The service will be televised and a national two-minute silence is likely to be held.

On the same day, the Queen’s coffin will be moved to St. George’s Chapel in Windsor.

The Queen’s body is expected to be buried in a tomb at King George VI Memorial Chapel in Windsor Castle, alongside her late husband, Prince Philip. The day of the funeral will be declared a day of national mourning and almost certainly a National Holiday. A two-minute silence will take place across the UK and well-wishers are expected to gather in London and Windsor.

Union flags have been lowered and flown at half-mast on royal residences, government buildings and military establishments and books of condolence opened at British embassies across the world. Flags at Buxton Town Hall and Hadfield Hall, at Norfolk Square in Glossop and in Manor Park and the Pavilion Gardens have been lowered to half-mast.

Buxton shops, events, attractions and venues

Venues and attractions in Buxton and the High Peak may have changed events or opening hours or events maybe have been cancelled. Some shops and venues may close on the day of the funeral. You should check direct with the venue for more information ahead of your visit. On the day of the HM Majesty Queen Elizabeth’s funeral, some businesses may close – we will update this page once we have more details – please note some key attractions may NOT be open on the day of funeral, please check before travelling.

Shops: Several shops have said they will close on the day of the funeral: Major supermarkets and shop chains to close include Next, Iceland, Tesco (re-opens at 5pm) Morrisons, Waitrose, Sainsburys, Argos, WH Smith, Aldi and B&Q. Other smaller retailers in Buxton may also be closed.

Buxton Opera House performances are going ahead as planned, unless ‘otherwise announced’. The Opera House have confirmed they will be closed on the day of the funeral.

Pavilion Gardens Events and opening times for the attractions are continuing as normal at the moment, including the Artist & Designer Fair on Saturday 17th and Sunday 18th September.

Heritage Open Days in Buxton: Most events are going ahead as planned, however some events have been cancelled – please check ahead before travelling.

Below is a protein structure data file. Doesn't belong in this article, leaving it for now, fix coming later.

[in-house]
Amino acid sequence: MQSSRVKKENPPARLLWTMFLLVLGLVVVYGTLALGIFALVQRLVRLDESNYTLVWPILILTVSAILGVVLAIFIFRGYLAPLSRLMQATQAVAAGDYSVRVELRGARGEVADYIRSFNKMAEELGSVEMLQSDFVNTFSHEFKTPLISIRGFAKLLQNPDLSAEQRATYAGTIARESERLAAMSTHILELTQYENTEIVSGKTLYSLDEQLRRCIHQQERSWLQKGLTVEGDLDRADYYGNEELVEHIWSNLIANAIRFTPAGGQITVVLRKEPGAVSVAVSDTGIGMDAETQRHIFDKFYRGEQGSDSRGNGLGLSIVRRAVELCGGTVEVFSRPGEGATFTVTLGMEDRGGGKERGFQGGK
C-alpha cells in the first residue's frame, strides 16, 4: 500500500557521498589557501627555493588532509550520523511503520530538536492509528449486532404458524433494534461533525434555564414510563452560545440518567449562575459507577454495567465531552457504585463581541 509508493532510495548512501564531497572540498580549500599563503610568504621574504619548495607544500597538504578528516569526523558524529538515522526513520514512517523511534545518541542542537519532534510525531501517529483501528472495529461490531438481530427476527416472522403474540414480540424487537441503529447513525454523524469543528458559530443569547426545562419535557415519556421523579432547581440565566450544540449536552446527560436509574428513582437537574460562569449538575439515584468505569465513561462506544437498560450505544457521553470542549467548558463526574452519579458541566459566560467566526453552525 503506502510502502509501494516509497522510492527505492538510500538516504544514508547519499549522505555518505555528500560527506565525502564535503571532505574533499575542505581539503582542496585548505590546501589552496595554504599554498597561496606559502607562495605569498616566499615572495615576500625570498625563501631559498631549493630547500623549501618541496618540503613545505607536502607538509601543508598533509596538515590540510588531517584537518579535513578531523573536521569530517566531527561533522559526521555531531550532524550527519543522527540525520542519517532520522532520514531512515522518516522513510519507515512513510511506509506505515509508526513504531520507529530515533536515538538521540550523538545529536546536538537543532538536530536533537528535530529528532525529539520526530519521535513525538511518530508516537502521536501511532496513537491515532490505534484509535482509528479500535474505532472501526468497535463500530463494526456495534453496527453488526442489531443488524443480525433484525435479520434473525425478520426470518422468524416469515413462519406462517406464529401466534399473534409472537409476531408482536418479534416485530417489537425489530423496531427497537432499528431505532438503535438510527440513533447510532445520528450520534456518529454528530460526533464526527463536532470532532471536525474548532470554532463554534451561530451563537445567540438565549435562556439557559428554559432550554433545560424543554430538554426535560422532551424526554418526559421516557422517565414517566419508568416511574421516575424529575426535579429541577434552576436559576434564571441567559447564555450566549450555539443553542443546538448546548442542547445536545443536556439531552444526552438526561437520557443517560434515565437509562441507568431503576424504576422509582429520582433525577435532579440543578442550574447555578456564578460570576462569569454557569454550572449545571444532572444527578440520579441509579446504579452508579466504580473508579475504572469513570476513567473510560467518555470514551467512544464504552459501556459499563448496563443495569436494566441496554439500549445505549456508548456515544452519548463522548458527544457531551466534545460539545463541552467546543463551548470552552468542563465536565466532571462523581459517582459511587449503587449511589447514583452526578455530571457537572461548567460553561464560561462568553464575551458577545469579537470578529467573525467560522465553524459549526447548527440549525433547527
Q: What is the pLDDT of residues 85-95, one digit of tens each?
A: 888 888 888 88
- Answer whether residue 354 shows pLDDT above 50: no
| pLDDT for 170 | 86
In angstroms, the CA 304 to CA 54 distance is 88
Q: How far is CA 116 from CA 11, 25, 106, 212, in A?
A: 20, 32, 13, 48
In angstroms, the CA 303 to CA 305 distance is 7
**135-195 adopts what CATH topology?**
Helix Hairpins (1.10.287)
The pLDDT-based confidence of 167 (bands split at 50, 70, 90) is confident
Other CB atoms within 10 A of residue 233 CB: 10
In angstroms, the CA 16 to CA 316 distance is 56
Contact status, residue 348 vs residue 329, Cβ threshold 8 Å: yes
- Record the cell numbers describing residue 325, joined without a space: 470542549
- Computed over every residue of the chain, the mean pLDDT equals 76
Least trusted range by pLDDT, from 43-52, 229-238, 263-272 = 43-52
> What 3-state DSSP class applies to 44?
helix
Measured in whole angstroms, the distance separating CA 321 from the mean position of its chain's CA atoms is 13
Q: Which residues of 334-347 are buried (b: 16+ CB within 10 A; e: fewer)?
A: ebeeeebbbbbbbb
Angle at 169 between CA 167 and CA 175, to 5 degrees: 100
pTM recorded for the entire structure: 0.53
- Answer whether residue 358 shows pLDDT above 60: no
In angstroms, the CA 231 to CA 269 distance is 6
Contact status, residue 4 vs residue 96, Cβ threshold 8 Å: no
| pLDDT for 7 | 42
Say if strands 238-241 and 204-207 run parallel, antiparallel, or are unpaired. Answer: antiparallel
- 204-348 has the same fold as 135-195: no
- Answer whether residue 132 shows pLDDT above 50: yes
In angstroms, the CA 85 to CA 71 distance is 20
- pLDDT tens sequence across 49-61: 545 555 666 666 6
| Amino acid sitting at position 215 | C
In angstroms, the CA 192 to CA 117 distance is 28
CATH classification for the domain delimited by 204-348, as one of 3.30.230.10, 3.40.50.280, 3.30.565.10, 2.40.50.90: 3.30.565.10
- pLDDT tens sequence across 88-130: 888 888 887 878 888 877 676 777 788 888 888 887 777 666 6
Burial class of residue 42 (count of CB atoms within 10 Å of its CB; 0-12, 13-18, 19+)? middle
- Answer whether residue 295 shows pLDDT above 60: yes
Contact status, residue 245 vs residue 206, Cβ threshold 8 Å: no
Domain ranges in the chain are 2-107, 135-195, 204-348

Buxton Museum is open is normal. Events taking place are going ahead as planned currently. Finds Day on 17th September will go ahead as planned.

Buxton Crescent Heritage Experience is open as normal.

Poole’s Cavern is open as normal.

Go Ape is open as normal.

Planned train strikes cancelled

RMT rail worker walkouts on 15th and 17th September have been suspended. The train drivers’ union Aslef has also postponed a strike planned for 15th September.

The Rail Delivery Group said train timetables would be normal now that strikes were not going ahead.

The Criminal Bar Association said that planned barristers’ demonstrations next week had been cancelled “out of respect”.

How will the royal titles change? 

The Accession Council met at St James’s Palace on Thursday to proclaim Prince Charles as the new sovereign. His official title has been confirmed as King Charles III. King Charles was officially announced as King on Saturday 10th September at a ceremony at St James’s Palace in the morning.

The titles of other royals have changed too. Camilla, the Duchess of Cornwall, is now Queen Consort. She was initially going to be known as Princess Consort, but the Queen said in February this year that she would like her to be known as Queen Consort.

Prince William now takes the title of Prince of Wales and Catherine will take the title of Princess of Wales.

Harry and Megan’s son Archie will now be a prince and their daughter Lilibet will now be a princess.

Prince Edward has been Earl of Wessex up till now. However, he could become Duke of Edinburgh following the Queen’s death.

How to pay your respects to the Queen

In the High Peak, book of condolence is available to sign at Buxton Town Hall and the Municipal Buildings in Glossop. Buildings will be open: 9am – 5pm Monday to Friday 9am – 2pm Saturday and Sunday. It will be available to sign until 5pm the day after the funeral of Her Majesty the Queen.

In London, you can lay flowers at dedicated sites in Green Park and Hyde Park to pay tribute to the Queen. In the High Peak the grassed areas on the Slopes in front of Buxton Town Hall and in Norfolk Square in Glossop have been made available for people to do that. Chapel Parish Council is asking people to leave their tributes at the war memorial in the Market Place and the Town Council in New Mills have made the grassed area in front of the Town hall available.

There are no physical books of condolence at royal residences, although an online book for those wishing to leave messages is now available on the royal website here. A selection of messages will be passed onto members of the Royal Family, and may be held in the Royal Archives for posterity.

Photo: The Royal Family